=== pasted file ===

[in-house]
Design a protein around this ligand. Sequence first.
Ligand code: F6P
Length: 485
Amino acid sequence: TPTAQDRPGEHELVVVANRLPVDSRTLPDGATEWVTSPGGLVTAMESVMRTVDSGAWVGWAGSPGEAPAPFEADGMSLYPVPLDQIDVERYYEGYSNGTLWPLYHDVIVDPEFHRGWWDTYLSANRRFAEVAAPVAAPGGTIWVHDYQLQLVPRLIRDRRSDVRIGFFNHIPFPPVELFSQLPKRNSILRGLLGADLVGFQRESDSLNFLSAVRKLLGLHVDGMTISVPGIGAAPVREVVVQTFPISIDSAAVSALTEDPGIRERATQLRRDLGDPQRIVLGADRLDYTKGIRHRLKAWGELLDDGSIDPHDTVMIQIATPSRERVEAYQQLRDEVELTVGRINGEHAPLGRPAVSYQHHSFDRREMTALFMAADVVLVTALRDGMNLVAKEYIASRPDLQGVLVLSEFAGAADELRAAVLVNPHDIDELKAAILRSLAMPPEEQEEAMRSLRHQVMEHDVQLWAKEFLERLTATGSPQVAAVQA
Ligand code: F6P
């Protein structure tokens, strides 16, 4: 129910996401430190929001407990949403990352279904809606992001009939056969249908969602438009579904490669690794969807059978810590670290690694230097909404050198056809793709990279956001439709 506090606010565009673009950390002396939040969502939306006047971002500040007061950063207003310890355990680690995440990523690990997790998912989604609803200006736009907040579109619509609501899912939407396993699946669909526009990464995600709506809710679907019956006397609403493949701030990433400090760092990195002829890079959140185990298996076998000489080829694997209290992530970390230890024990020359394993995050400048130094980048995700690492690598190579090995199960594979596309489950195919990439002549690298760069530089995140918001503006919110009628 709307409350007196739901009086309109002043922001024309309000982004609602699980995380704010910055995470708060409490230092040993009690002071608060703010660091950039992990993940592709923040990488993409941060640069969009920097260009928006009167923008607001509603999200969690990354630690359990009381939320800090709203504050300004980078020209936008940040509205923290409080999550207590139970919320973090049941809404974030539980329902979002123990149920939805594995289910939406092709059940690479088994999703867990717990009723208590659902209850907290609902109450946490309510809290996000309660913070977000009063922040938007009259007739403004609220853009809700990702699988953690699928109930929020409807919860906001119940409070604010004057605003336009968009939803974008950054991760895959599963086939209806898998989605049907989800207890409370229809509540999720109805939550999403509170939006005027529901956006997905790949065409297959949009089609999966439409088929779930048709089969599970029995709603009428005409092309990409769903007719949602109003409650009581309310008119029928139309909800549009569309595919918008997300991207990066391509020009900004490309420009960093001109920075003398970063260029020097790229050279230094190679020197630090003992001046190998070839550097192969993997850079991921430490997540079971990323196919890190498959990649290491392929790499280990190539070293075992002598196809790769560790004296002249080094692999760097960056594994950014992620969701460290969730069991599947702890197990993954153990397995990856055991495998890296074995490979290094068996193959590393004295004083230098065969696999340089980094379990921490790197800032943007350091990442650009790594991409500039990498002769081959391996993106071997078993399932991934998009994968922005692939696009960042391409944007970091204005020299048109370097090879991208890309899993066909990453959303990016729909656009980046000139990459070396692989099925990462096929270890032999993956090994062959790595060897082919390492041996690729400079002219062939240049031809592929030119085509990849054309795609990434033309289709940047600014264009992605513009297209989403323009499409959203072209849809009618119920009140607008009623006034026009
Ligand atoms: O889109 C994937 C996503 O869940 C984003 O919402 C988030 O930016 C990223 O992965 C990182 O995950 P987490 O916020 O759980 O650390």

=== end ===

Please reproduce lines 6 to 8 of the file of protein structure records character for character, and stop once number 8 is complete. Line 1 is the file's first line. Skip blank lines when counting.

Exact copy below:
Ligand code: F6P
């Protein structure tokens, strides 16, 4: 129910996401430190929001407990949403990352279904809606992001009939056969249908969602438009579904490669690794969807059978810590670290690694230097909404050198056809793709990279956001439709 506090606010565009673009950390002396939040969502939306006047971002500040007061950063207003310890355990680690995440990523690990997790998912989604609803200006736009907040579109619509609501899912939407396993699946669909526009990464995600709506809710679907019956006397609403493949701030990433400090760092990195002829890079959140185990298996076998000489080829694997209290992530970390230890024990020359394993995050400048130094980048995700690492690598190579090995199960594979596309489950195919990439002549690298760069530089995140918001503006919110009628 709307409350007196739901009086309109002043922001024309309000982004609602699980995380704010910055995470708060409490230092040993009690002071608060703010660091950039992990993940592709923040990488993409941060640069969009920097260009928006009167923008607001509603999200969690990354630690359990009381939320800090709203504050300004980078020209936008940040509205923290409080999550207590139970919320973090049941809404974030539980329902979002123990149920939805594995289910939406092709059940690479088994999703867990717990009723208590659902209850907290609902109450946490309510809290996000309660913070977000009063922040938007009259007739403004609220853009809700990702699988953690699928109930929020409807919860906001119940409070604010004057605003336009968009939803974008950054991760895959599963086939209806898998989605049907989800207890409370229809509540999720109805939550999403509170939006005027529901956006997905790949065409297959949009089609999966439409088929779930048709089969599970029995709603009428005409092309990409769903007719949602109003409650009581309310008119029928139309909800549009569309595919918008997300991207990066391509020009900004490309420009960093001109920075003398970063260029020097790229050279230094190679020197630090003992001046190998070839550097192969993997850079991921430490997540079971990323196919890190498959990649290491392929790499280990190539070293075992002598196809790769560790004296002249080094692999760097960056594994950014992620969701460290969730069991599947702890197990993954153990397995990856055991495998890296074995490979290094068996193959590393004295004083230098065969696999340089980094379990921490790197800032943007350091990442650009790594991409500039990498002769081959391996993106071997078993399932991934998009994968922005692939696009960042391409944007970091204005020299048109370097090879991208890309899993066909990453959303990016729909656009980046000139990459070396692989099925990462096929270890032999993956090994062959790595060897082919390492041996690729400079002219062939240049031809592929030119085509990849054309795609990434033309289709940047600014264009992605513009297209989403323009499409959203072209849809009618119920009140607008009623006034026009
Ligand atoms: O889109 C994937 C996503 O869940 C984003 O919402 C988030 O930016 C990223 O992965 C990182 O995950 P987490 O916020 O759980 O650390």